By Chrétien de Troyes, William W. Kibler, Carleton W. Carroll
Fantastic adventures abound in those courtly romances: Erec and Enide, Cligés, The Knight of the Cart, The Knight with the Lion, and The tale of the Grail.
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Extra resources for Arthurian romances
Chrétien also informs us in this passage that he composed a poem ‘Del roi Marc et d’Iseut la blonde’. As far as we know, this was the first treatment of that famous Breton legend in French. Chrétien does not tell us whether he had written a full account of the tragic loves of Tristan and Isolde, and scholars today generally agree that he treated only an episode of that legend since Mark’s name, and not Tristan’s, is linked with Isolde’s. But we are none the less permitted to believe that he is in some measure responsible for the subsequent success of that story, as he was to be in large measure for that of King Arthur.
794 and 1450, that contain pseudo-historical accounts of ancient history, to which the Arthurian material was purportedly linked, or in manuscripts containing a wide variety of other courtly romances. His unfinished The Story of the Grail is found most frequently with its verse continuations (see Appendix). From manuscript evidence we know that both The Story of the Grail and The Knight of the Cart were left unfinished by Chrétien. Many believe that he abandoned The Knight of the Cart because he was dissatisfied with the subject matter, which may have been imposed on him by his patroness, Marie de Champagne; and most critics accept that The Story of the Grail was interrupted by Chrétien’s death, or by that of his patron, Philip of Alsace, Count of Flanders.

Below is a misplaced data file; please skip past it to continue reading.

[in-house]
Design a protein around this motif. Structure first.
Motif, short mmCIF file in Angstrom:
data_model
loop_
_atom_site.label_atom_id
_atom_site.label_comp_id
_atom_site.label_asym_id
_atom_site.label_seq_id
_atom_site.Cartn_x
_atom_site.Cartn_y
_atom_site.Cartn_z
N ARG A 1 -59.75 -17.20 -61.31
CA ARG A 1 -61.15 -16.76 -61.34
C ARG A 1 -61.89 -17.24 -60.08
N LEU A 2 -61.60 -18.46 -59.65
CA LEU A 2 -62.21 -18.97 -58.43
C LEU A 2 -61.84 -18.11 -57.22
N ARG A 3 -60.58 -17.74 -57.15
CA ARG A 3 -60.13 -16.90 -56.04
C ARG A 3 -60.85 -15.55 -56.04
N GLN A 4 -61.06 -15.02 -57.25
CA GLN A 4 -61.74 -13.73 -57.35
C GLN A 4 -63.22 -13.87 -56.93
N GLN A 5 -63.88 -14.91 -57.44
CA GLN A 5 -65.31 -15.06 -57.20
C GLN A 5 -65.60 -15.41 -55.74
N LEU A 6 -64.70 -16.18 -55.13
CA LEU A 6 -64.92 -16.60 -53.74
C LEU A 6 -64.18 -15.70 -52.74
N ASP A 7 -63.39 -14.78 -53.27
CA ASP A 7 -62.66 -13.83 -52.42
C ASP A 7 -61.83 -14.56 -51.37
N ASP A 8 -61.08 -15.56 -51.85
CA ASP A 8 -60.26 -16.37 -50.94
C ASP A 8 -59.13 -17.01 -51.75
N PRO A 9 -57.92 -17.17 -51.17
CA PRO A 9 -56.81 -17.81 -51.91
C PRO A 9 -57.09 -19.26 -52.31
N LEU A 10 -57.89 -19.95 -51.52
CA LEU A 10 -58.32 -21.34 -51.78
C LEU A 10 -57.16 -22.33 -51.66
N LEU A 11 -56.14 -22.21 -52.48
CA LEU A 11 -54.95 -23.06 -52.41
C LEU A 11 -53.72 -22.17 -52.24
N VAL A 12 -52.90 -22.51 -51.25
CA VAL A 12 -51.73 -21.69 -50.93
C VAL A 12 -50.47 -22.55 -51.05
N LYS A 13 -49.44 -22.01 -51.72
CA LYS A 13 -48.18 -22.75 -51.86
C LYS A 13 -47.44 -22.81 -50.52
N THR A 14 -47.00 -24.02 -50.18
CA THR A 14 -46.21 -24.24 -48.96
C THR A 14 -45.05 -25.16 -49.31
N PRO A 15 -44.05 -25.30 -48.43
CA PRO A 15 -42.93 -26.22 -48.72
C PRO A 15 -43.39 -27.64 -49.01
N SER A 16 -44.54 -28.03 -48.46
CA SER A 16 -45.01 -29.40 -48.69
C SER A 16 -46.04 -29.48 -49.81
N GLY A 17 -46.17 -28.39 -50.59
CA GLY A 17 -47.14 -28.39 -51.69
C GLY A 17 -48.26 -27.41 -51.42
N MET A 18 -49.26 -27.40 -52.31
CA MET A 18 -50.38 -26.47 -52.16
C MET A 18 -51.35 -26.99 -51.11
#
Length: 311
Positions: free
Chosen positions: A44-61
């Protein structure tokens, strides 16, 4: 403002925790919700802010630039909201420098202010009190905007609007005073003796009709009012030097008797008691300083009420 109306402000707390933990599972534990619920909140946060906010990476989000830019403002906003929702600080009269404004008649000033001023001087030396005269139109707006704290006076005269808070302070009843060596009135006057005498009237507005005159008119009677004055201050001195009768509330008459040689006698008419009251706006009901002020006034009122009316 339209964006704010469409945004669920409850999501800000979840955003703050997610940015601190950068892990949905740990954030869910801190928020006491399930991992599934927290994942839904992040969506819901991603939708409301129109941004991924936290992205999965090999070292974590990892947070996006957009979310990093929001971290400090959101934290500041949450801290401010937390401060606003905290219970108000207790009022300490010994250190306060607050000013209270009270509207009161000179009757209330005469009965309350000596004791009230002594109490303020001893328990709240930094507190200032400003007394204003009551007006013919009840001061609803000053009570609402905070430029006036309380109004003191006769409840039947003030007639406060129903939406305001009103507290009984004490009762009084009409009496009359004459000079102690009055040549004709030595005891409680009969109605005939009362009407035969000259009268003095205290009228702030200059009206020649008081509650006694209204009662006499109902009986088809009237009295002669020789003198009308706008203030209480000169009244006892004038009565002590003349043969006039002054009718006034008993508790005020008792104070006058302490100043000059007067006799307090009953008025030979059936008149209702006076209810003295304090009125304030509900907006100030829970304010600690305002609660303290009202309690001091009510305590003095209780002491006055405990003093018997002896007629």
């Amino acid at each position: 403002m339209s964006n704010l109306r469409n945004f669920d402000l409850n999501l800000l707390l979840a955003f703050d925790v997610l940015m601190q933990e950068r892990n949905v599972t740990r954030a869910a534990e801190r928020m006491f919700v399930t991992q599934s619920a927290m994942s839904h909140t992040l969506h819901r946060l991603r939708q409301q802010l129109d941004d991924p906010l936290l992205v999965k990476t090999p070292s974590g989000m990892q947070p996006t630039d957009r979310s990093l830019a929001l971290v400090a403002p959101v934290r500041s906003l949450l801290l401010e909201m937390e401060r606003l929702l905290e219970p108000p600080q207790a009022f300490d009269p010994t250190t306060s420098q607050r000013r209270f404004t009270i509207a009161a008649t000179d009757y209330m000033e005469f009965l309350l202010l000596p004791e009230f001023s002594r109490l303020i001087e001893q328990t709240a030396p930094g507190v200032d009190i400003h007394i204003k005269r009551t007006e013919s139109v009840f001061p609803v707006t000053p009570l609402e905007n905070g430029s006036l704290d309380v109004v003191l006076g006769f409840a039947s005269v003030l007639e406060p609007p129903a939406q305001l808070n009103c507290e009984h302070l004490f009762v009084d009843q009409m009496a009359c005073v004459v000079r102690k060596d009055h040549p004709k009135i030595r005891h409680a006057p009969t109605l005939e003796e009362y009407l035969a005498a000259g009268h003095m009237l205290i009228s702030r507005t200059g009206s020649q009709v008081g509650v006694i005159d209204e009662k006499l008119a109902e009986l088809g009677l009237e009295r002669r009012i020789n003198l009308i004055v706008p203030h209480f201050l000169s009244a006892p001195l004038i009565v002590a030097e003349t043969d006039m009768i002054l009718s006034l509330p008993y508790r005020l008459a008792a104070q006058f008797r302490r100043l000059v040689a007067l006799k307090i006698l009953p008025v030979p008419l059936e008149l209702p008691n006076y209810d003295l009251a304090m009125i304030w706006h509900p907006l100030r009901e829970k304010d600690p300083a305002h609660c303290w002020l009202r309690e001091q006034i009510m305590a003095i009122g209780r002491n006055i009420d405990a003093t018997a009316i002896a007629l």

Erec, like the other romances that followed with the exception of Cligés, was arranged around the motif of the quest. In each of his romances Chrétien varied the nature and organization of the central quest. In Erec it is essentially linear and graduated in structure, moving from simple to increasingly complex and meaningful encounters. But already in Erec Chrétien was experimenting with a technique for interrupting the linearity and varying the adventures, a technique he would employ with particular success in The Knight with the Lion and The Story of the Grail, and which would be used extensively in the prose romances: interlacing.